Levels of success: the potential of UK apprenticeships

Document type
Kirby, Philip
Sutton Trust
Date of publication
9 October 2015
Education and Skills, Employment
Social welfare
Material type

Download (5.9MB )

This report looks at the potential of apprenticeships to act as drivers of social mobility in the UK.  It challenges the notion that graduates necessarily earn more than their peers who pursue vocational qualifications. While this is still the overall trend, research for this report shows that higher apprenticeships can lead to greater lifetime earnings than undergraduate degrees from some of the UK's less selective universities. Degrees from Oxbridge and Russell Group universities remain the surest route to higher wages, but there is evidence that the earning power of apprenticeships is increasing.

However, for apprenticeships to be genuine paths to success for young people, they need to be more widely available and better understood. The proportion of apprenticeships at levels 4 and 5 (higher) - the best apprenticeships - needs to be increased,in addition to ensuring that level 3 (advanced), rather than level 2 (intermediate) is the minimum standard for most apprenticeships targeted at young people.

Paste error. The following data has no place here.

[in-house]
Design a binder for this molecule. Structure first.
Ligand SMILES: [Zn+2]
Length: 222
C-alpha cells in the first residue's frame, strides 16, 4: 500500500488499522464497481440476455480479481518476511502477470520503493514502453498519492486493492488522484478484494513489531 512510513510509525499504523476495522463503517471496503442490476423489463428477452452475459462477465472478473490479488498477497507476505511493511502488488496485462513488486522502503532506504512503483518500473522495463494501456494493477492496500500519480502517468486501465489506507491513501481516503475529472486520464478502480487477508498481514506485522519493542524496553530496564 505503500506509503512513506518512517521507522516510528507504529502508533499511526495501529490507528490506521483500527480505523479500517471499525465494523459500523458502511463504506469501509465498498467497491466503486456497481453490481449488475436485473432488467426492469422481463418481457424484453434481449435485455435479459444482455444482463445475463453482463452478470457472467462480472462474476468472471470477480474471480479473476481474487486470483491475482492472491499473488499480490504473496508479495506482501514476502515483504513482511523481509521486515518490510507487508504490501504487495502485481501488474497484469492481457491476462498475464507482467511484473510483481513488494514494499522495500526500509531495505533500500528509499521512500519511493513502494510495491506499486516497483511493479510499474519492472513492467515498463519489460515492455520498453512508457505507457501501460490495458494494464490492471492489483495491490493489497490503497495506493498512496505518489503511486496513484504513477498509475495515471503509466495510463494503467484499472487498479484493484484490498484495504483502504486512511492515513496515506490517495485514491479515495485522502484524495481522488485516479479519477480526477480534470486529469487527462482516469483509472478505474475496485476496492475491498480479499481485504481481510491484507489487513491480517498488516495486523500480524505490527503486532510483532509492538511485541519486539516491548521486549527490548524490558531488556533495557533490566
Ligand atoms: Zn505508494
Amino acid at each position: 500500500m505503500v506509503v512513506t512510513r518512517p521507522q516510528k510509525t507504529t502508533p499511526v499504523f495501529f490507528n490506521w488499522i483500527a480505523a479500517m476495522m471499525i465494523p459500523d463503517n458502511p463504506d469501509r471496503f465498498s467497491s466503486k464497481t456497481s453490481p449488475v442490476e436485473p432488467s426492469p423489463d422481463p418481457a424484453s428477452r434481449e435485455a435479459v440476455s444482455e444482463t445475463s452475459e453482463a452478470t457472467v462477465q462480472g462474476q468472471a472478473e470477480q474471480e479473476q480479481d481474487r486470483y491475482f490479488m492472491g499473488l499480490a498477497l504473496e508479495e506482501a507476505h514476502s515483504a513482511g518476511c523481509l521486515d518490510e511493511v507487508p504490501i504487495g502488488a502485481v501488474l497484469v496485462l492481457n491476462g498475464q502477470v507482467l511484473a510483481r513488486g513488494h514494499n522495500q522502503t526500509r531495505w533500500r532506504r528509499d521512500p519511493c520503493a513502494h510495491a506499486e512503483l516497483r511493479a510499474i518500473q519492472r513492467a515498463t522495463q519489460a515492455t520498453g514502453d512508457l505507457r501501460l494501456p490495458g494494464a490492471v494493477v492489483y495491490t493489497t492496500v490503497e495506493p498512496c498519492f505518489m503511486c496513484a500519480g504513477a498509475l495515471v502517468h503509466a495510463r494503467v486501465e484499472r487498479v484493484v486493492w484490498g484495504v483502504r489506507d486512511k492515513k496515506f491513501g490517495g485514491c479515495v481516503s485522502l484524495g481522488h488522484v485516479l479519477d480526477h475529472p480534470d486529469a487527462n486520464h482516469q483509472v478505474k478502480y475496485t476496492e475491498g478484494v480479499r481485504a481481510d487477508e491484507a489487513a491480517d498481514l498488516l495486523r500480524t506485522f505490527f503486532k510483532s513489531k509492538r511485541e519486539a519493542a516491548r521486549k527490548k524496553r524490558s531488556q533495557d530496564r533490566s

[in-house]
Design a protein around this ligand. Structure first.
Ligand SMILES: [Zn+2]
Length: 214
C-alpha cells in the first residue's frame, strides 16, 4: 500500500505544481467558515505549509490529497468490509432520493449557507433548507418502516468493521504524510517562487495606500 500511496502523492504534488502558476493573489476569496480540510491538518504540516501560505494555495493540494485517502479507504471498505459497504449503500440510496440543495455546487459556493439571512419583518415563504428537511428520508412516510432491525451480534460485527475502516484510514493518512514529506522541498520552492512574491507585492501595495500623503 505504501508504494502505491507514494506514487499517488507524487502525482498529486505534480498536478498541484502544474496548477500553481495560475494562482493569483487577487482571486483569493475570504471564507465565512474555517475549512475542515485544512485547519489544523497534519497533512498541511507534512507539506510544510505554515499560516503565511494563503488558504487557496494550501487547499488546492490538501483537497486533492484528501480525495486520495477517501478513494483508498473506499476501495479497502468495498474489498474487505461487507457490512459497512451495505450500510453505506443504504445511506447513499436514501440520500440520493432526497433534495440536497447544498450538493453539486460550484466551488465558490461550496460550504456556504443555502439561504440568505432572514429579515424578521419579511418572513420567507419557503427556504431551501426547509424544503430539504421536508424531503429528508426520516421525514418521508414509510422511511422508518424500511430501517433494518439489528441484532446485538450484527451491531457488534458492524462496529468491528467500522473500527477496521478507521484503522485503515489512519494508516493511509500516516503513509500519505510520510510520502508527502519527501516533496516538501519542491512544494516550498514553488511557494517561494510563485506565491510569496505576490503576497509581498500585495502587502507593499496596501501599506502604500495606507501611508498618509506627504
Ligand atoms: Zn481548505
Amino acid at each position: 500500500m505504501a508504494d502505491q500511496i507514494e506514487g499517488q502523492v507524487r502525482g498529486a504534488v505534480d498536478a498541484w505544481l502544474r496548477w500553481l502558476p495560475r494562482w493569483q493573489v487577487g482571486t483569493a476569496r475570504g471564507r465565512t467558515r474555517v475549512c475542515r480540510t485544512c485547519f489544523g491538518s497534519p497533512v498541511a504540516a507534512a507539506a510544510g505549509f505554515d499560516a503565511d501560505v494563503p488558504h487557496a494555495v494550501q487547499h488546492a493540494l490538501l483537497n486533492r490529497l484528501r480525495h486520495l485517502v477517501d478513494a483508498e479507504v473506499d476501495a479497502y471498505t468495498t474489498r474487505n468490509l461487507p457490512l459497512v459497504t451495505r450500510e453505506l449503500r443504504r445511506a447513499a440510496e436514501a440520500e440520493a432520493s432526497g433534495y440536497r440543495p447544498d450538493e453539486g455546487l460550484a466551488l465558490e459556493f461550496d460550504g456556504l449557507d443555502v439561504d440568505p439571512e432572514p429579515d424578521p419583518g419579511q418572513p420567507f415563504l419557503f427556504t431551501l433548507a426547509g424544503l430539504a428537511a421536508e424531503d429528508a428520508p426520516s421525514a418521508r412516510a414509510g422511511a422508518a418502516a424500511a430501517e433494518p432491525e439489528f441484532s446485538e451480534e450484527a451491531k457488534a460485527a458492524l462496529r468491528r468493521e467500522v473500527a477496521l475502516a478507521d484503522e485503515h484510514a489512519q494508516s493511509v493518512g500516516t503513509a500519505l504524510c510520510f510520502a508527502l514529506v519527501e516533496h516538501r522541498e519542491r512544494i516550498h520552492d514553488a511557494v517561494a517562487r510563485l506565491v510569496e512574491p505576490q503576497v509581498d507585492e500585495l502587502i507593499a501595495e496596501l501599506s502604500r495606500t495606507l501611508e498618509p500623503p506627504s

Related to Education and Skills

Will universities need a bailout to survive the COVID-19 crisis

Briefing on the impact of the coronavirus on universities

The impact of undergraduate degrees on lifetime earnings

Report on the impact of undergraduate study upon earnings

Preschool quality and child development

Working paper on child development in Columbian preschools

2019 annual report on education spending in England

Report on education spending in England

More items related to this subject